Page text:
Finding Balance in Running and Life

University of Louisville’s campus, pre-flying squirrel impression.

Life has become hectic lately for me between helping care for my mother post-surgery, teaching, starting a new chapter in my writing career, being a mother and wife, and, of course, running. I was forced to take a step back a couple of weeks ago when I did a flying squirrel imitation, landing on concrete and bruising an upper rib, badly, as well as a forearm when I was running around UofL’s campus. A moment of distraction earned me aches and pains and two weeks off of running and cross training. Tucking my mouthpiece from my bladder into the front pocket of my hydration vest certainly didn’t help as I landed right on it. 

Stepping back made me rethink how I’ve been balancing life lately, quite poorly as a matter of fact. Late nights writing and early mornings running and tending to my mother while trying to be a present parent, partner, and teacher had me wearing myself down without even realizing it. This post will detail 3 things to keep in mind about balancing running and life.

  1. Your body can’t distinguish between types of stress—As coach and founder of SWAP Running (Some Work All Play) David Roche often points out, your body can’t tell the difference between life stress and running stress. We often think it’s the miles wearing us out when the work stress, family stress, sleepless nights, and anxiety are really the culprit. The last two weeks, I did something I haven’t done in forever, I napped. I also read, wrote, baked pretzels and a birthday cake for my husband with my daughter, and, admittedly, watched Hamilton several times. Little aches I had been ignoring are gone with the added rest, and I’ve gotten to spend more time with my family, rather than running around, literally and figuratively, all day. I’ve seen my daughter become an expert on her bike with training wheels, something my husband normally does with her, and gotten so many restorative snuggles from my sweet girl. She’s a good little nurse for a five-year-old, albeit a little forceful with her affection at times. 
  • Time off is okay—I’ve built my mileage up recently to around 35-40 miles a week, some a little less, averaging a little over 150 miles a month for the past four months. I took several months of slowly building up to this mileage, and I saw real gains from it with my pace and perceived effort going down. The trial of miles and consistency served me well. Going from 40 to nothing has been more mentally tough than anything. The extreme heat and humidity the past two weeks made me not too disappointed to have to take time off right now, and the pain the first week made me not even think of trying. This last week, I keep having to remind myself that I’m not losing all of my fitness. Some of it, sure, but not all of it. The gains will come back as I start back and ease my mileage back up. The muscle memory is still there. My body knows what to do.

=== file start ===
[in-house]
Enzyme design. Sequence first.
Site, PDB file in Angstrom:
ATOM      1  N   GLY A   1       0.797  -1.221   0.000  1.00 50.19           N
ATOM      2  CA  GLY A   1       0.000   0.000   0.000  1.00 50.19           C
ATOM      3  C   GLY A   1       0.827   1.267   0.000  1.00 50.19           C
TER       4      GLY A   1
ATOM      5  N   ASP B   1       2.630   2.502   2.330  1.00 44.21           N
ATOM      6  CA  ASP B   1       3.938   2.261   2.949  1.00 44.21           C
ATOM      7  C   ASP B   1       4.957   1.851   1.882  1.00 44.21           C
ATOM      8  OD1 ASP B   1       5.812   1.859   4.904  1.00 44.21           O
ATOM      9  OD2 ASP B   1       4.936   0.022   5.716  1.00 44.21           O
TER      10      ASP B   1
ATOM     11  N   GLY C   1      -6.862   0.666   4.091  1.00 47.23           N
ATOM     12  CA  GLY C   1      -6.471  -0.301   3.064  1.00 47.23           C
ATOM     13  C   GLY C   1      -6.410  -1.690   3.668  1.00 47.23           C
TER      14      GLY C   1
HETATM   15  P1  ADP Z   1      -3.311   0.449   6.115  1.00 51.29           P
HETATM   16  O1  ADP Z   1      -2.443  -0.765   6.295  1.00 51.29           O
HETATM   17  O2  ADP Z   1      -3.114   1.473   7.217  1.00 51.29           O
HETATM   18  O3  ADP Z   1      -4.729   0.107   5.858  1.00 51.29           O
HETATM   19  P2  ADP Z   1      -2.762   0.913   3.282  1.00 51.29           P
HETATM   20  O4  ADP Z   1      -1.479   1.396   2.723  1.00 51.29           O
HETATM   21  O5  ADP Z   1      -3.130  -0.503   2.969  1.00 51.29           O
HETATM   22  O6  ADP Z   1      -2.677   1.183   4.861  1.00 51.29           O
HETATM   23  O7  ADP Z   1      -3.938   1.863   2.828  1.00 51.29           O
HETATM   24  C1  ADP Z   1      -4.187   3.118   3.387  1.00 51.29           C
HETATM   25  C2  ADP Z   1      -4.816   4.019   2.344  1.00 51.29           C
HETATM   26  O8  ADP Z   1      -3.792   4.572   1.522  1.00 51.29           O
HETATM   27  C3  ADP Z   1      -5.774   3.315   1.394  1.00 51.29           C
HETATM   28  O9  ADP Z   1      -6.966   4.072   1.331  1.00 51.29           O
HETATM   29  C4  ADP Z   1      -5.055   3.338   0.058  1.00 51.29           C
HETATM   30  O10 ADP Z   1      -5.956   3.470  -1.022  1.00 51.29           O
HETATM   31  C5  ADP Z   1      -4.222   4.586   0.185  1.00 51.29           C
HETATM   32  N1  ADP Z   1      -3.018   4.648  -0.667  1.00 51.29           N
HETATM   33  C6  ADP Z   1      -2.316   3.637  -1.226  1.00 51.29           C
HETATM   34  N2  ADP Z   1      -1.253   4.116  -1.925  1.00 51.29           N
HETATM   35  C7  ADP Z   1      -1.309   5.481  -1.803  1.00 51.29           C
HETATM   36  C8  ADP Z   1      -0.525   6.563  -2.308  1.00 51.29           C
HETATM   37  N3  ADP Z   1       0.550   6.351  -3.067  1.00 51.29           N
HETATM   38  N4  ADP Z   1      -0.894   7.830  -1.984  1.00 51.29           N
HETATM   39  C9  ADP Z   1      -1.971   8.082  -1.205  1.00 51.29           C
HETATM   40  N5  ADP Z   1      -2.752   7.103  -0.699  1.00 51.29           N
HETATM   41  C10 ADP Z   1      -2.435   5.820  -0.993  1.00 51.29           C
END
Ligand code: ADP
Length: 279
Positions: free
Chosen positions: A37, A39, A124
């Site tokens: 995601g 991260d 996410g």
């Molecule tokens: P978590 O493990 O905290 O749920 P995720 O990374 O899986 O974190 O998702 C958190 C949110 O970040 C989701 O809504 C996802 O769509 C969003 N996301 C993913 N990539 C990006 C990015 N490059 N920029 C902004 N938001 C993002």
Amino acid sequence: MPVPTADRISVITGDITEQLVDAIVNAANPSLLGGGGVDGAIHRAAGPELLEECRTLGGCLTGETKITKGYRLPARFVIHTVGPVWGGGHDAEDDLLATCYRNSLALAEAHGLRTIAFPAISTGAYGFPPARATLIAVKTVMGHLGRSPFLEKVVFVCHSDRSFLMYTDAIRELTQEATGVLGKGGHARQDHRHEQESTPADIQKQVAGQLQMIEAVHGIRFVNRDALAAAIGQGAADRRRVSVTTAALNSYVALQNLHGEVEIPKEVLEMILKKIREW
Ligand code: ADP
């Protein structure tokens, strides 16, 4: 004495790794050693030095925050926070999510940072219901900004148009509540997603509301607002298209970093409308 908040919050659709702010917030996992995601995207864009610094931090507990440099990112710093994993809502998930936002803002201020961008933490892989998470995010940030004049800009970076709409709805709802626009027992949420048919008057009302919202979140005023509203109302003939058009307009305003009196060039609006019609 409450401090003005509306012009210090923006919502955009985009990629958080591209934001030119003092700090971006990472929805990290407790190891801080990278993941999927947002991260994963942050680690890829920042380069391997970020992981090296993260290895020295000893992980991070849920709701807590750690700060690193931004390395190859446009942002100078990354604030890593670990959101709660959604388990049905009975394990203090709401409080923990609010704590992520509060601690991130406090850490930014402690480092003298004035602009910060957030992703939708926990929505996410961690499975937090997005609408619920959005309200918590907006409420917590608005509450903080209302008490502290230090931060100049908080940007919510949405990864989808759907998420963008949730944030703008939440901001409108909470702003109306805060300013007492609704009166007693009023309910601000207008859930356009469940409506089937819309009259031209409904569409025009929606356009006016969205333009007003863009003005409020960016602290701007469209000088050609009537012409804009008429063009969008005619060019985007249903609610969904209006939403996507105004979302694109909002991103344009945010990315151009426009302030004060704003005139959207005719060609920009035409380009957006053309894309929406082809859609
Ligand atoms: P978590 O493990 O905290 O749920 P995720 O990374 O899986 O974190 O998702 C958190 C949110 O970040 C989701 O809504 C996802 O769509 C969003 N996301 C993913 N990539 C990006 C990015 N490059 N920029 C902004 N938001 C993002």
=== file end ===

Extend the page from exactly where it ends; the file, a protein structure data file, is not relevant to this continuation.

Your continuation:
• Running isn’t going away—Whether you take a day off or a week or two off, your running shoes aren’t going anywhere. The roads and trails aren’t going anywhere. It’s still all out there waiting for you. As I’ve been laid up, I keep thinking about how good that next sunrise run on the trails will feel, how different the trails will look. I’m plotting out new routes around my neighborhood, new places to explore. I ordered some new gear from Skirt Sports and some new Ponya Bands, the best non slip headbands and bamboo sweatbands. Instead of focusing on what I’m missing, I’m planning the next adventure. Sure it throws off my 50K trail training (Knobstone Knockout, how did I forget you were rescheduled and not canceled?), but I have plenty of time until mid-October because I had built that consistency in my mileage. Focus on the future, don’t dwell on the present.
Letting the shirt, and new Ponya Band, determine my mood.

This time off due to injury turned out to be, in a way, just what I needed to remind me to bring that balance back to my life. It’s been good for my mind and body as I realized how much stress I had been running off rather than dealing with. I’m looking forward to lacing up my shoes for a trial run later this week, taking it easy as I start back in. This time, I’ll be more mindful of sleep, stress, and getting as many of those little girl snuggles as I can. How do you balance life and running? Tell me in the comments below!

Published by Sarah White-Thielmeier

Writer and college writing teacher who runs, a lot, offering writing services via blogging, copywriting, and content strategy.

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